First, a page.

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Let's say that I happen by a star that has just burned out and is collasping into a black hole. I seat at infinity to watch it as a Schwarzschild observer. Will I ever see the black hole collapse into a black hole in finite time? Or will only become a black hole in the limit? Does a singlarity form in finite time or infinite time?

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marked as duplicate by Rob Jeffries, Qmechanic Jul 13 '15 at 7:02

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Sitting at infinity, you will see something more and more red-shifted - but never actually stop radiating as you would expect it from a black hole. The reason being that your coordinates (the asymptotically flat ones) diverge at the radius of the event horizon. Specifically, in your coordinates the metric of a Schwarzschild black hole (which is not entirely what you are considering, as it is an eternal black hole, not a collapse space-time) looks like $$\mathrm{d}s^2 = - \left(1- \frac{2GM}{r}\right)\mathrm{d}t^2 + \frac{\mathrm{d}r^2}{1-\frac{2GM}{r}}+ r^2\mathrm{d}\Omega$$ The factor in front of the time-component tells you about the redshift going on and on.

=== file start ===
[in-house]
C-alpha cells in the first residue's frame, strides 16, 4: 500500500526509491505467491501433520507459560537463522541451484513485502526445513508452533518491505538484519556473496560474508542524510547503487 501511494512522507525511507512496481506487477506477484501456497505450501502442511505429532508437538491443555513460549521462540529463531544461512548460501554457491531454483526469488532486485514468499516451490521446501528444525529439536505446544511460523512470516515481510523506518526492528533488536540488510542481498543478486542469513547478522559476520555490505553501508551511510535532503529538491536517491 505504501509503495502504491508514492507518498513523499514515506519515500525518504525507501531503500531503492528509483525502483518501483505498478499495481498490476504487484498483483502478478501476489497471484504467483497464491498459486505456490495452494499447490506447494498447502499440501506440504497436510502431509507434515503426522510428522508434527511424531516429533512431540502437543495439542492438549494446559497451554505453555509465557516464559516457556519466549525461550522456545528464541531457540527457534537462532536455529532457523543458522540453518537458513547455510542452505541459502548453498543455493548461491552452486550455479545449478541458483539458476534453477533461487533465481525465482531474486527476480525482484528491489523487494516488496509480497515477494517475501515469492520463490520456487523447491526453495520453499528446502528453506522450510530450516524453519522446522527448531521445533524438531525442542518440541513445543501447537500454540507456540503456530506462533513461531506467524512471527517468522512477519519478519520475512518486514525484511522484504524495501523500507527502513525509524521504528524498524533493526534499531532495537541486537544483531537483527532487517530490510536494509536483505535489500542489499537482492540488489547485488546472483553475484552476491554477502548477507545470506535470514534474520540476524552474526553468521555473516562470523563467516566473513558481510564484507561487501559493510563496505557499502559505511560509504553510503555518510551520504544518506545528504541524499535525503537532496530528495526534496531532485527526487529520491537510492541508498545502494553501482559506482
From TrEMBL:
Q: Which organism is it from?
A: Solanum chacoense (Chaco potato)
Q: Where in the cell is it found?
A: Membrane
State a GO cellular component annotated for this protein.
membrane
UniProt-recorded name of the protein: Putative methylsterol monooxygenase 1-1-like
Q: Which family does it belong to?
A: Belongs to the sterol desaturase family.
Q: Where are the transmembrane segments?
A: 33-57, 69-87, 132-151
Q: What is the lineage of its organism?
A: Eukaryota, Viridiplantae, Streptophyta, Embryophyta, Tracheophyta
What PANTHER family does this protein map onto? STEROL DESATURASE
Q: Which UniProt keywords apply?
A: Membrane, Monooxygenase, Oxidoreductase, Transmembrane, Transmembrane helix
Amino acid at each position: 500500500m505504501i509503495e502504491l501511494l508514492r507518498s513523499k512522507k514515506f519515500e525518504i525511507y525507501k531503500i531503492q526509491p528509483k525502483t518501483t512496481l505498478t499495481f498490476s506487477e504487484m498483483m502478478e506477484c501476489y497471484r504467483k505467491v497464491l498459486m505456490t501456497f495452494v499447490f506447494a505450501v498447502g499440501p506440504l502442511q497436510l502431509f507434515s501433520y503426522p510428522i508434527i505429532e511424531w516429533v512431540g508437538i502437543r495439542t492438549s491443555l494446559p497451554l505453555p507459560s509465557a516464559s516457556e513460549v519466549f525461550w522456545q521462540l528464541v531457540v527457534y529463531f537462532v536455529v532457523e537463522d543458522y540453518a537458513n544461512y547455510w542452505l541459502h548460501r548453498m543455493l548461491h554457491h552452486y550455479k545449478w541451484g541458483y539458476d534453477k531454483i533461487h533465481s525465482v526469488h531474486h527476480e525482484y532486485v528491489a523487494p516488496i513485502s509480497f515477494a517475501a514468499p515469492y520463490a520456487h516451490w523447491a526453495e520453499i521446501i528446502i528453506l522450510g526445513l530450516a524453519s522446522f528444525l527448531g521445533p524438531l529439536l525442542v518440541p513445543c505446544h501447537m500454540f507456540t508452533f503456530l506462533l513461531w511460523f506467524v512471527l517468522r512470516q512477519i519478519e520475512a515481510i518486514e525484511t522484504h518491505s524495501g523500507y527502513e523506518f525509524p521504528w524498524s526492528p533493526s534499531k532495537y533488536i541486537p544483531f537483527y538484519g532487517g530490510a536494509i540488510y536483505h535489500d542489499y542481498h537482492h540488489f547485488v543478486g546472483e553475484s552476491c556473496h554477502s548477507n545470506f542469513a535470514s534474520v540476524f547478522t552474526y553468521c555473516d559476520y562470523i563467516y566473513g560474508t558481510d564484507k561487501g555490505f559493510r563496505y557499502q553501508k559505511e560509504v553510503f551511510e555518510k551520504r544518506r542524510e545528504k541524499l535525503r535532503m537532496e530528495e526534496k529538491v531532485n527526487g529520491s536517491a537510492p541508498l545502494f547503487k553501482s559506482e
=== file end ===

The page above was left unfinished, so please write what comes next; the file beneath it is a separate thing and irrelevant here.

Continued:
It is a different matter for a freely falling observer - he will cross the event horizon in finite eigentime and even hit the singularity in finite time. Whatever that would mean. What exactly happens beyond the Schwarzschild radius is a bit out for debate, having (currently, at least - and probably in the foreseeable future) no real way to measure anything happening in there... The freely falling observer (in Schwarzschild) is best analysed in the Painlevé-Gullstrand coordinates. Using these, you have a new time $T$, defined by $ \mathrm{d}T = \mathrm{d}t + \frac{\sqrt{\frac{2GM}{r}}}{1-\frac{2GM}{r}}\mathrm{d}r$, giving you the metric: $$\mathrm{d}s^2 = -\mathrm{d}T^2 + \left( \mathrm{d}r+ \sqrt{\frac{2GM}{r}}\mathrm{d}T\right)^2 + r^2\mathrm{d}\Omega $$

More on this, you can find in Poisson's book "A Relativists toolkit" on page 168. If I recall correctly there was a more extensive discussion on d'Inverno's book "Introducing Einstein's Relativity", page 218.

Of course, Schwarzschild is an idealization - it doesn't contain the collapsing matter of the star. But the qualitative behaviour of both redshift and freely falling observers doesn't change in the more general case.

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